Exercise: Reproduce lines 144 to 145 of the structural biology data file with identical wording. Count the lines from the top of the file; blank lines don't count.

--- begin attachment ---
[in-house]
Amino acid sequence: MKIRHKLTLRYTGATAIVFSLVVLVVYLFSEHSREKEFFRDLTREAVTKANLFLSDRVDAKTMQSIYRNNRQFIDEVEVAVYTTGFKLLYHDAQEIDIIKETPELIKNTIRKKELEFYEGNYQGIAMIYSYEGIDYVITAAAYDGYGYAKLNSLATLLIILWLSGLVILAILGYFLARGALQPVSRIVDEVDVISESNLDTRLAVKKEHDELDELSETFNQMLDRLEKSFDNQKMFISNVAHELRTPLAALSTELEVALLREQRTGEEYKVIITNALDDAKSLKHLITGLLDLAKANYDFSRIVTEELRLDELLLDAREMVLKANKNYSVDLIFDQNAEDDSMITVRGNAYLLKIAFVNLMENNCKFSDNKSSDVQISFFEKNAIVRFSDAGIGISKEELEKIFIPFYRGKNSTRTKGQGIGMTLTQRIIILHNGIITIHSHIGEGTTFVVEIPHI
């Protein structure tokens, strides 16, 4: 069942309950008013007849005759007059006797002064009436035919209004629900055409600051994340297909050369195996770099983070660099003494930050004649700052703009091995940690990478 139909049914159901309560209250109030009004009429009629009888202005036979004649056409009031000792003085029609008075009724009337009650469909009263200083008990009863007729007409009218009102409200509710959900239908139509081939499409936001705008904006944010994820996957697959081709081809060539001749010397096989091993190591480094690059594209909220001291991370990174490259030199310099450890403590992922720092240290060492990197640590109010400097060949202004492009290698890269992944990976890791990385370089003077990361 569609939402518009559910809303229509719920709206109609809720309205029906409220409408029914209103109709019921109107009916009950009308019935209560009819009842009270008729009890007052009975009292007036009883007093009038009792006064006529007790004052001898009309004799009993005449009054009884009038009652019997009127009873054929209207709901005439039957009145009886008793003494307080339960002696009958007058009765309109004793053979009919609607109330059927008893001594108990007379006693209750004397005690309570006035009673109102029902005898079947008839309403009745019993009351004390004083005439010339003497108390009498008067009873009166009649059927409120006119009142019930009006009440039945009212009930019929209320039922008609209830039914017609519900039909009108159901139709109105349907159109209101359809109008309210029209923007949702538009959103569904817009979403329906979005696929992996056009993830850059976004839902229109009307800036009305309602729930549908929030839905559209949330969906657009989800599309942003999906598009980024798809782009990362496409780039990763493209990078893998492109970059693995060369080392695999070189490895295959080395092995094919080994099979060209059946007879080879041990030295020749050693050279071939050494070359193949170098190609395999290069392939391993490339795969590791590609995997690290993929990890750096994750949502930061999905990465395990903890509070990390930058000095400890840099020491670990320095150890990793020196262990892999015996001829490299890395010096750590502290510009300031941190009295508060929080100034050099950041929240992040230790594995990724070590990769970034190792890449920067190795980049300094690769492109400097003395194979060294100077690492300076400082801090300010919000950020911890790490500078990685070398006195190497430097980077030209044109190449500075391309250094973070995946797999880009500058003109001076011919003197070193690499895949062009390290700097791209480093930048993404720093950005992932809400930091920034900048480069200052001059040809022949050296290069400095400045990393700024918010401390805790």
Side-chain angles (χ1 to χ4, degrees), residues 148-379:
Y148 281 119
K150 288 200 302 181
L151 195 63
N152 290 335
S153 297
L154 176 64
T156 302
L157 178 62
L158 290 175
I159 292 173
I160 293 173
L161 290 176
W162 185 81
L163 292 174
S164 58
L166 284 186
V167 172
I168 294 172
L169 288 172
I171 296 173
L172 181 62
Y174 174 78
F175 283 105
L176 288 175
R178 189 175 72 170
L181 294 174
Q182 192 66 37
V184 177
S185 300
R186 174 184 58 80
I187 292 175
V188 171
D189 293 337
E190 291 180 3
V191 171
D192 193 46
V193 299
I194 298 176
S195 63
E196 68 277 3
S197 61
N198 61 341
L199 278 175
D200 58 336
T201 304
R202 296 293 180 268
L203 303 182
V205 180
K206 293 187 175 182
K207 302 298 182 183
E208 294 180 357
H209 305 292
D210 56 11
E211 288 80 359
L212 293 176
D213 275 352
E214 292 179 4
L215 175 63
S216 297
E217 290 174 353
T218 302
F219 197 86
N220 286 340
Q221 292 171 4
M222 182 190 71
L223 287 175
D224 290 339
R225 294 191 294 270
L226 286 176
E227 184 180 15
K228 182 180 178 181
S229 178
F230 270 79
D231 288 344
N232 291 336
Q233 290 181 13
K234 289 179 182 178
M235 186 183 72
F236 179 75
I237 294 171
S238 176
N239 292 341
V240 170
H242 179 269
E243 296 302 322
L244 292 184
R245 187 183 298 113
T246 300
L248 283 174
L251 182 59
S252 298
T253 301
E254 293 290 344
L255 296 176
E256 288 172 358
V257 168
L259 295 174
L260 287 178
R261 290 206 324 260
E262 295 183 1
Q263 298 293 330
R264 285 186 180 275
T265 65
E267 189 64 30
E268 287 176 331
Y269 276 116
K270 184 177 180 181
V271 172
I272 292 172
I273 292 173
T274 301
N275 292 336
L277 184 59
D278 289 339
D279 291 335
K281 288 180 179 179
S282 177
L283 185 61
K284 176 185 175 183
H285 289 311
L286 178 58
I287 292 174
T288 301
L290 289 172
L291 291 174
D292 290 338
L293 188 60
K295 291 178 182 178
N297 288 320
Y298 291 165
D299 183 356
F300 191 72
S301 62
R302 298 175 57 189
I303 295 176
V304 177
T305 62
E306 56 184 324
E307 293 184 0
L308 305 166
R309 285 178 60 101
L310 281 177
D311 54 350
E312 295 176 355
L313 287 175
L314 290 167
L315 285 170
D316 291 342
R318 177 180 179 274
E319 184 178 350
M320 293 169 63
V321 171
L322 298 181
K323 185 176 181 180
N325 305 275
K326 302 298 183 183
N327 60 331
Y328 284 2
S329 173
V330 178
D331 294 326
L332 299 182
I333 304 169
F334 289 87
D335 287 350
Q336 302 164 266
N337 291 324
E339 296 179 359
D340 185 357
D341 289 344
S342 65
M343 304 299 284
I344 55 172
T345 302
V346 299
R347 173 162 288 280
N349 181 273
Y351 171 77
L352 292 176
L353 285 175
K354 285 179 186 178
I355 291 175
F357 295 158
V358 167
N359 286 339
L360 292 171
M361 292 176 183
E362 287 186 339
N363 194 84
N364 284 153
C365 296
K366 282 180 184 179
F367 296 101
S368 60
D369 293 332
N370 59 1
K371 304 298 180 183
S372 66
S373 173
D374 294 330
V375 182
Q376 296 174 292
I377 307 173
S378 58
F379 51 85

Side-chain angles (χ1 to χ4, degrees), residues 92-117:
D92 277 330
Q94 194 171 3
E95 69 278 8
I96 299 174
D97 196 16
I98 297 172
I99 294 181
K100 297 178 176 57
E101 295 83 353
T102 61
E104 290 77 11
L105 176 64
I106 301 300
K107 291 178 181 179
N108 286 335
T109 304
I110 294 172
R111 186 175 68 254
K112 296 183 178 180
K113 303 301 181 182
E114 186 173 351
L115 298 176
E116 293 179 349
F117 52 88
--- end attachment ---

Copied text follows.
L308 305 166
R309 285 178 60 101